After the 2008 crisis there were massive capital inflows in emerging economies and since then, policy makers in emerging economies have worried about destabilizing capital flows.
According to Uncovered Interest Parity (UIP) theory, the high yield currency tends to depreciate which can cancel the destabilizing capital flows issue, yet according to empirical studies, the high yield currency tends to appreciate instead. Macro models usually assume UIP to hold. This research introduces short to medium run deviations from UIP in a tractable macroeconomic framework.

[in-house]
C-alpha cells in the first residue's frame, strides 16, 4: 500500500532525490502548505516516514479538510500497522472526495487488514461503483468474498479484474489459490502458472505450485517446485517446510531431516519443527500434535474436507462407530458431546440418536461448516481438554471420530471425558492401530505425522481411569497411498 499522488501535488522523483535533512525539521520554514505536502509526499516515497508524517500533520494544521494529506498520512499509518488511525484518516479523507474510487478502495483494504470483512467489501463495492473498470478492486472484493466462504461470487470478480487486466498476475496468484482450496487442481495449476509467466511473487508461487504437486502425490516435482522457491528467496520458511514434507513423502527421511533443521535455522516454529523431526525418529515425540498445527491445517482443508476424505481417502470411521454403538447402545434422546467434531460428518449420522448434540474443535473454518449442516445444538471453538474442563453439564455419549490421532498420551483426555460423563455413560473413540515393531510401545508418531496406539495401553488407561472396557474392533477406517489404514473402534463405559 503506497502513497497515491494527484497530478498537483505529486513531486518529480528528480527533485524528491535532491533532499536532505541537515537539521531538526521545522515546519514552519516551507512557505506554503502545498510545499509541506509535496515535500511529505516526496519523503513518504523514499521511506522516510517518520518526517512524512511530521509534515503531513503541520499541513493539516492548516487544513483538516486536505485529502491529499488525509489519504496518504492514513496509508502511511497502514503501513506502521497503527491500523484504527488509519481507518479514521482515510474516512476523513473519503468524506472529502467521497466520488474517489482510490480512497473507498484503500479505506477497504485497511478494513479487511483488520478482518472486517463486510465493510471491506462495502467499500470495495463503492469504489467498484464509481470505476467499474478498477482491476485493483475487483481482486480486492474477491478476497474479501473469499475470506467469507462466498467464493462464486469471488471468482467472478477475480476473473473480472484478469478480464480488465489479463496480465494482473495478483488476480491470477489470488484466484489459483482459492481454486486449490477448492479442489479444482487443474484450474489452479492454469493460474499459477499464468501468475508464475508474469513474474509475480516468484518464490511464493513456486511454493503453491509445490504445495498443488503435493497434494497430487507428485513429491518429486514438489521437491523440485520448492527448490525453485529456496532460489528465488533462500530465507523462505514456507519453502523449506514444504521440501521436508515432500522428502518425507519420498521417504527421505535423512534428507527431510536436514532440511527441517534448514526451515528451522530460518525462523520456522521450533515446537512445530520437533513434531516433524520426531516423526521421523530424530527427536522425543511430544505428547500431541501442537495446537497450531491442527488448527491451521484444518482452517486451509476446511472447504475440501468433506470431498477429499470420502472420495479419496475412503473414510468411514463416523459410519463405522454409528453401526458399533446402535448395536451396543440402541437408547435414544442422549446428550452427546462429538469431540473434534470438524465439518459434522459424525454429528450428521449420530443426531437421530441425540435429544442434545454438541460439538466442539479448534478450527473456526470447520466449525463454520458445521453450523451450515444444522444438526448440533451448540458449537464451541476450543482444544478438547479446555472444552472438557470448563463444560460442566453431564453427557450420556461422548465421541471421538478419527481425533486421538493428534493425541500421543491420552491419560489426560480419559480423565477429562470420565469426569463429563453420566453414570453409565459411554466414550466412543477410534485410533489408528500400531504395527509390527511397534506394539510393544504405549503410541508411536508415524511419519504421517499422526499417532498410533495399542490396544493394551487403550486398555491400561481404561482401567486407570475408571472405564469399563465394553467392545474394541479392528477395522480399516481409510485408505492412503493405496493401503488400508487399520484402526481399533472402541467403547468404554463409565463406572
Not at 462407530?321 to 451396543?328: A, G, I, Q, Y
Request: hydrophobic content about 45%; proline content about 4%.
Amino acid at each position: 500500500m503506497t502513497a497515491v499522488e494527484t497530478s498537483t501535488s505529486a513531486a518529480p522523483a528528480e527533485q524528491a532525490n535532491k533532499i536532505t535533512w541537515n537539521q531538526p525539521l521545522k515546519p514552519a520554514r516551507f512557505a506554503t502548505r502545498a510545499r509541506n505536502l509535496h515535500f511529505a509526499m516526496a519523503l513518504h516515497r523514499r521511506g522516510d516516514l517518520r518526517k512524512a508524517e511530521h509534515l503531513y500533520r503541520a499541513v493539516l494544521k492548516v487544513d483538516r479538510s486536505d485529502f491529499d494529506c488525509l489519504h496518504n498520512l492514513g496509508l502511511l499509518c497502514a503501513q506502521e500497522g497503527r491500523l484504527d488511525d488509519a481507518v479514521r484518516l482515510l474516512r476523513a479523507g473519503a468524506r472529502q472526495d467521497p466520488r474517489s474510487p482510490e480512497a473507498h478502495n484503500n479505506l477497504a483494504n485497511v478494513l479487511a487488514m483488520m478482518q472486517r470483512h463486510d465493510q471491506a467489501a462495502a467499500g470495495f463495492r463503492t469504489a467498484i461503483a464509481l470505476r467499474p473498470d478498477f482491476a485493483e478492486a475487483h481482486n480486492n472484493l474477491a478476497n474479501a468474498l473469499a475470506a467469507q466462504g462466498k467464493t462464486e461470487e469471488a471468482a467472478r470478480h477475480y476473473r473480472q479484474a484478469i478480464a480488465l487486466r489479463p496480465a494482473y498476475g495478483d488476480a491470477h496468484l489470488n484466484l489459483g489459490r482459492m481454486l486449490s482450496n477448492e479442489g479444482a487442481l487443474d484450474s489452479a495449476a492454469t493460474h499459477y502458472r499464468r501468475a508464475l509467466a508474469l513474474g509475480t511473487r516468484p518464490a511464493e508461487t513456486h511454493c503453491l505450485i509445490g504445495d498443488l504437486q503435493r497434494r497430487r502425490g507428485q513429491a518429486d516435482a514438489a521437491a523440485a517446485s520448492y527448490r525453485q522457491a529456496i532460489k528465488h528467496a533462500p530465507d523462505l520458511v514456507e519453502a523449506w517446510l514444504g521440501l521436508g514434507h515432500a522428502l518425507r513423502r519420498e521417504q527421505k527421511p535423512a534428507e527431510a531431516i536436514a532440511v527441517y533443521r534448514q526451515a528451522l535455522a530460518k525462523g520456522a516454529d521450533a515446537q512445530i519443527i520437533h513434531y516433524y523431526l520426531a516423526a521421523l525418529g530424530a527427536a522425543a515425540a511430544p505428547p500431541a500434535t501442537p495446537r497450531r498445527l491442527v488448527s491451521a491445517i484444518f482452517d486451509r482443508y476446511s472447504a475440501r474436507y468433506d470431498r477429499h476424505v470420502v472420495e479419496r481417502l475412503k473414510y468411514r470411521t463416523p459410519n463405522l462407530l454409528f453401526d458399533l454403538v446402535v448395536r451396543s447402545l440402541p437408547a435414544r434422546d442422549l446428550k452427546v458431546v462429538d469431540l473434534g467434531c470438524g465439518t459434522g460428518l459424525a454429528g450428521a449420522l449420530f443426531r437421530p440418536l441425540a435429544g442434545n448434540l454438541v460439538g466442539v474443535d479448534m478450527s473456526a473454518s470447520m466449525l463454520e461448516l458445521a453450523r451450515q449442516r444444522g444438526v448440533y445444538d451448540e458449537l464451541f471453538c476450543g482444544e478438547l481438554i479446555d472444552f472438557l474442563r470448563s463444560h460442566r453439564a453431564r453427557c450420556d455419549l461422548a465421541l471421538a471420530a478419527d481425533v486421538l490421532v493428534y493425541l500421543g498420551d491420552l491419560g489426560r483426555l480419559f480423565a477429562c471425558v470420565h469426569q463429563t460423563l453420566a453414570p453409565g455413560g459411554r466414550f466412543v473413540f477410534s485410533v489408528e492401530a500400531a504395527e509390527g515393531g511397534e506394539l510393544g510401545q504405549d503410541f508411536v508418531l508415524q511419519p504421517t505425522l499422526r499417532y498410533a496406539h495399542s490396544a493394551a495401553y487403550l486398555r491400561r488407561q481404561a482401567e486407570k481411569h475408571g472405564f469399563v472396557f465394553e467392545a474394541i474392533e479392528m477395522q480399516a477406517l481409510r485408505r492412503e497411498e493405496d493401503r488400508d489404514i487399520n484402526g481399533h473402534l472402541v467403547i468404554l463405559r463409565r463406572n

It shows that capital flows could destabilize emerging economies. By introducing this effect in a New-Keynesian model, we show that the exchange rate is driven by its position and risk in the FX market and that currencies of indebted countries are likely to depreciate. Monetary policy has the ability to mitigate the destabilizing effect of capital flows and this research shows that in a risky environment, the optimal monetary policy brings more stability. In crisis periods, this policy does not prevent large exchange rate volatility in South Africa.